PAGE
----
Actually, they had.  This is the 33rd time that the GOP-controlled House has voted to repeal Obamacare.  Of course, there’s the pesky matter of the Senate, and the fact that the “Obama” of “Obamacare” still occupies the White House.  But, nonetheless, the House gathered in all its austere dignity and voted once again. 

They acknowledged it was a symbolic vote.  The symbolism escaped me at first, so I checked into the importance of the number 33.  It turns out that Eisenhower, when sworn in as President, rested his hand on the 33rd Psalm while taking the Oath of Office.  Blessed is the nation whose God is the Lord: and the people whom he hath chosen for his own inheritance.”  Coincidence?  I think not.

As to the actual battle for the White House (forget Eisenhower, he could never get nominated by the modern GOP) it’s getting ugly and a little infantile.   One might hope that Mr. Romney and Mr. Obama,  who are actually both very intelligent and talented, would debate the great issues of the time. No.  Right now, the two campaigns are locked in a “did not”, “did too” argument about the duration of Mr. Romney’s Bain tenure that’s more suitable for third-graders.  Mr. Romney claims he was out of Bain by 1999 (before some of the worst of the outsourcing and job and pension-killing) and has demanded an apology from Mr. Obama.  Unfortunately the public record says something different, so Mr. Romney sent an adviser out there on Sunday to announce that Mr. Romney retired “retroactively”.

It is fascinating that Mr. Romney spends so much time “retroactively” running away from his past.   His time as Governor of Massachusetts?  Nothing that wasn’t the distilled essence of strict conservatism occurred.  Bain?  Yes, he has great management skills that should qualify him to be President, but the damage done to the workers, the planned bankruptcies, either didn’t happen, or didn’t happen on his watch, or if they did happen, were a positive good. Retroactively, of course.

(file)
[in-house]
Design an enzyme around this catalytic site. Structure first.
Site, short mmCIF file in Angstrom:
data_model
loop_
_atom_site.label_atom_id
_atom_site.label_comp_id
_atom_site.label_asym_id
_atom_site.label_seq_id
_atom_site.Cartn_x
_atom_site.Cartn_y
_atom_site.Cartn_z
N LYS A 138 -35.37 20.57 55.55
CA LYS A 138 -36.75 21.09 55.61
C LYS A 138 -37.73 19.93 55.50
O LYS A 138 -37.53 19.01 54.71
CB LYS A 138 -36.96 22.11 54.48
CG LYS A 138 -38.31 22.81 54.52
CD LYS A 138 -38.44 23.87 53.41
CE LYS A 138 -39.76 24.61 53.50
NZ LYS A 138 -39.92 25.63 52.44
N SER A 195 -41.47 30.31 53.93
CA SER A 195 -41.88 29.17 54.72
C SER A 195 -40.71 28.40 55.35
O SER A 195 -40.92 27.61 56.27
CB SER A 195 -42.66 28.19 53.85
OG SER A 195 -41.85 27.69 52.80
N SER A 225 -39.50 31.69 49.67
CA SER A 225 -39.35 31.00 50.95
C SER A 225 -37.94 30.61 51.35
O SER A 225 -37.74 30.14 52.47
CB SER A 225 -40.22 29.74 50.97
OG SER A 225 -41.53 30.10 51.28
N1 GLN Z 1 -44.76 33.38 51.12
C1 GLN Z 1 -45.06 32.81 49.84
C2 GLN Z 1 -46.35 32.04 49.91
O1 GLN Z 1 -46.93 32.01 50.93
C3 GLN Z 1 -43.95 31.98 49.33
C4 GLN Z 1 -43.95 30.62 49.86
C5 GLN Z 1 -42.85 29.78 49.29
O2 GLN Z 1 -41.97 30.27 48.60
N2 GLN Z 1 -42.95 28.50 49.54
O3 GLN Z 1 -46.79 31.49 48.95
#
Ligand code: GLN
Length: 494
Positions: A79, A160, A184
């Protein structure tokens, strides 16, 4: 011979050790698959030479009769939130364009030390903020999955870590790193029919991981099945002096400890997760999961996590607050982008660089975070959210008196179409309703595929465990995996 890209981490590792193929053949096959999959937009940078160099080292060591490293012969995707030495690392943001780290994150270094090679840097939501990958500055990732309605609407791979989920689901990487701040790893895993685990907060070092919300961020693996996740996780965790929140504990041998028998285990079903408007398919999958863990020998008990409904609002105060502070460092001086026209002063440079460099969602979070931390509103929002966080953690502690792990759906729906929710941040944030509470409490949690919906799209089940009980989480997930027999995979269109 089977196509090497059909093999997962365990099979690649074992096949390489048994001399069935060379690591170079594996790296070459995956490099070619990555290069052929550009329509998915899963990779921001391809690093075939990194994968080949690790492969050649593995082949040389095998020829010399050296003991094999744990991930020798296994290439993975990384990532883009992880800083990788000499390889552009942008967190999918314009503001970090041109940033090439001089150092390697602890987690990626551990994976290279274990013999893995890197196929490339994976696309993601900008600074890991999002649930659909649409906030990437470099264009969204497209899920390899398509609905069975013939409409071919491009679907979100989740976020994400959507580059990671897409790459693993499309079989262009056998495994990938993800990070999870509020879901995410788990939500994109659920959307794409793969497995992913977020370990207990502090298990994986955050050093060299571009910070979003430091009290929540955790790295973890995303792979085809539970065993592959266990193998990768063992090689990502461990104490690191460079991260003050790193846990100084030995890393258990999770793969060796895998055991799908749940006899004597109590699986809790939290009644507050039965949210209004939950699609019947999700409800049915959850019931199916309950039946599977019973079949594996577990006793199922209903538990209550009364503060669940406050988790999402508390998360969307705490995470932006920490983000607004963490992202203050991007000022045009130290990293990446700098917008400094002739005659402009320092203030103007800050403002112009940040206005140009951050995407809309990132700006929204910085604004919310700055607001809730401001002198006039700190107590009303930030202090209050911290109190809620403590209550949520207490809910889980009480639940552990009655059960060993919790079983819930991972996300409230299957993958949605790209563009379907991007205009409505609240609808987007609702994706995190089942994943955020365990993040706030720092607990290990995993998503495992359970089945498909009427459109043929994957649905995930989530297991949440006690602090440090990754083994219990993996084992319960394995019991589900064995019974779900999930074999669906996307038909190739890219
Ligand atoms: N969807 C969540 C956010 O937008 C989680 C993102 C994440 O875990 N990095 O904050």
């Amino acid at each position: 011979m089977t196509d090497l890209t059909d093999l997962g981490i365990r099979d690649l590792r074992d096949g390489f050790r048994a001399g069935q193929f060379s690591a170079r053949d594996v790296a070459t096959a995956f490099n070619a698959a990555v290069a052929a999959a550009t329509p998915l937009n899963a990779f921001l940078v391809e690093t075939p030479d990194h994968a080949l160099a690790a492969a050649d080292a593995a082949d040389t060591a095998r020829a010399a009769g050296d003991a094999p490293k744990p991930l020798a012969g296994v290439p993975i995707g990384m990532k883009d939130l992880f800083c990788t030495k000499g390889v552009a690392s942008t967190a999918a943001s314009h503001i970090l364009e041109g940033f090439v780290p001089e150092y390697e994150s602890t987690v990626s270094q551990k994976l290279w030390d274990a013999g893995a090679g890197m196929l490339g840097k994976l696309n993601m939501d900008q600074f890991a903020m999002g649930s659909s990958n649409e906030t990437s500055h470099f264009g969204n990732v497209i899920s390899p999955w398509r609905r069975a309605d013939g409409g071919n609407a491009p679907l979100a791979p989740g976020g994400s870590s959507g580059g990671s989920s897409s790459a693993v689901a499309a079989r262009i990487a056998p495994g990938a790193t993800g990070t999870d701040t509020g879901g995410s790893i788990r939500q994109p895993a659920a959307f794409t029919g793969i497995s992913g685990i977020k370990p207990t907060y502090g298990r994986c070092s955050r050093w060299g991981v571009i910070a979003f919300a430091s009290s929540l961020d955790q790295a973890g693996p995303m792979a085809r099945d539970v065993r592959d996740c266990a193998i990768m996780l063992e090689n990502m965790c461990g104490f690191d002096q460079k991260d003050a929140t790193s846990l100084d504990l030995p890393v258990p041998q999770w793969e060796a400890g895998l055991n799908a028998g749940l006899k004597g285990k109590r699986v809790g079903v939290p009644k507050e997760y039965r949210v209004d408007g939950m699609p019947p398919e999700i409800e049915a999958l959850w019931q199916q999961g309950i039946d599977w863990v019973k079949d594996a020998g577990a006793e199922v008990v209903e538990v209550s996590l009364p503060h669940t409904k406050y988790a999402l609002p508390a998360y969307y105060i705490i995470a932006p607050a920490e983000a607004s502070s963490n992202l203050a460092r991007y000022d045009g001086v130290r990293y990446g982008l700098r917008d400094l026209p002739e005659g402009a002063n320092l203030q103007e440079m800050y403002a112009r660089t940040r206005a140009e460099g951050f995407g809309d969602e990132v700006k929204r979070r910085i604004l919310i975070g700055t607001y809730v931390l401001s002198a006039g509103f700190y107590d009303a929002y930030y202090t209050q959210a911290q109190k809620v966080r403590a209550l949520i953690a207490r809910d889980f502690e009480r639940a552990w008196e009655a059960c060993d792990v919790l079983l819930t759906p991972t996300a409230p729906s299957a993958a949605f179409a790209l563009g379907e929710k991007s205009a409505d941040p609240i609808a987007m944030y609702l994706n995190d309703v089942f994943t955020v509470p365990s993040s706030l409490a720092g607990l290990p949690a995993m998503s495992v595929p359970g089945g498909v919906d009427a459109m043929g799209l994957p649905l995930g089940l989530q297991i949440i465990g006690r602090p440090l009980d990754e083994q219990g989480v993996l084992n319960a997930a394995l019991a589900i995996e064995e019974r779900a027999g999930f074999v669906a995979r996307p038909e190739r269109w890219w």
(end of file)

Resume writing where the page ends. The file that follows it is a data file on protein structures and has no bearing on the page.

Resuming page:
Could this possibly be more tiresome?  Is there anyone in Washington who doesn’t see the other side in terms beyond pure sin?  Anyone who possesses enough self-knowledge to realize that perhaps they aren’t perfect? If redemption is possible for the woman who left her illegitimate child on a church doorstep, surely these people can do a little better?

There’s another Singer story, “Why The Geese Shrieked” that has Singer’s devout but spiritual father facing off against his devout but intellectual mother.  A woman brings in two dead geese, who, when smacked together, make an unearthly sound.  His father sees the supernatural, but his mother has a more corporeal explanation (the windpipes weren’t removed).  Mom removes them. The woman is sent home with her quiet geese, and Isaac and his father are left to contemplate the triumph of logic over faith.  “Your mother takes after her Grandfather…he was a great scholar, but a coldblooded rationalist.  People warned me before the betrothal...”  He then gestures as if to say: “It is too late now to call off the wedding.”

Mr. Singer’s father was on to something.  Right, left, or center, we’ve all been married for 235 years.  It’s too late to call off the wedding. 


Tuesday, July 10, 2012

Andy Griffith, John Roberts, Chris Christie, And The Death Of Civility

Andy Griffith, John Roberts, Chris Christie, And The Death Of Civility

For those of us who might have been traveling to parts unknown over the last two weeks or so, the Supreme Court, with Justice Roberts in the majority, upheld the individual mandate portion of the Affordable Care Act.

In other news, Andy Griffith passed away.  He was predeceased by Barney, Aunt Bee, Floyd the Barber, Goober, Ms. Crump, Otis, the Town Drunk, and my mother, who just loved him as the small town law man and the wily country lawyer. 

Mr. Griffith is survived by son Opie, and millions of friends who watched (and still watch) every week and found humor and comfort in his ease, his fairness, and his quiet authority.  And that of his extended Mayberry family-small town folk, sometimes parochial or even silly, but honest, decent people who looked after each other and displayed kindness and simple charity.

Justice Roberts, has, in most conservative quarters, been declared dead for heresy.  He has been mocked for upholding the individual mandate and torched by a scabrous Wall Street Journal Editorial.  The whispering (and shouting) campaign directed at the Chief (which also includes questions about whether he was impaired by an epilepsy drug) has fed the furnace of conspiracy theorists everywhere, since the idea he might have reached this result through careful consideration of the law apparently seems preposterous.  A few conservative columnists have tried to give Roberts cover by saying he planted a virus on the Commerce Clause hard drive, but most insist he’s a craven turncoat cowed by the massive power of the liberal media.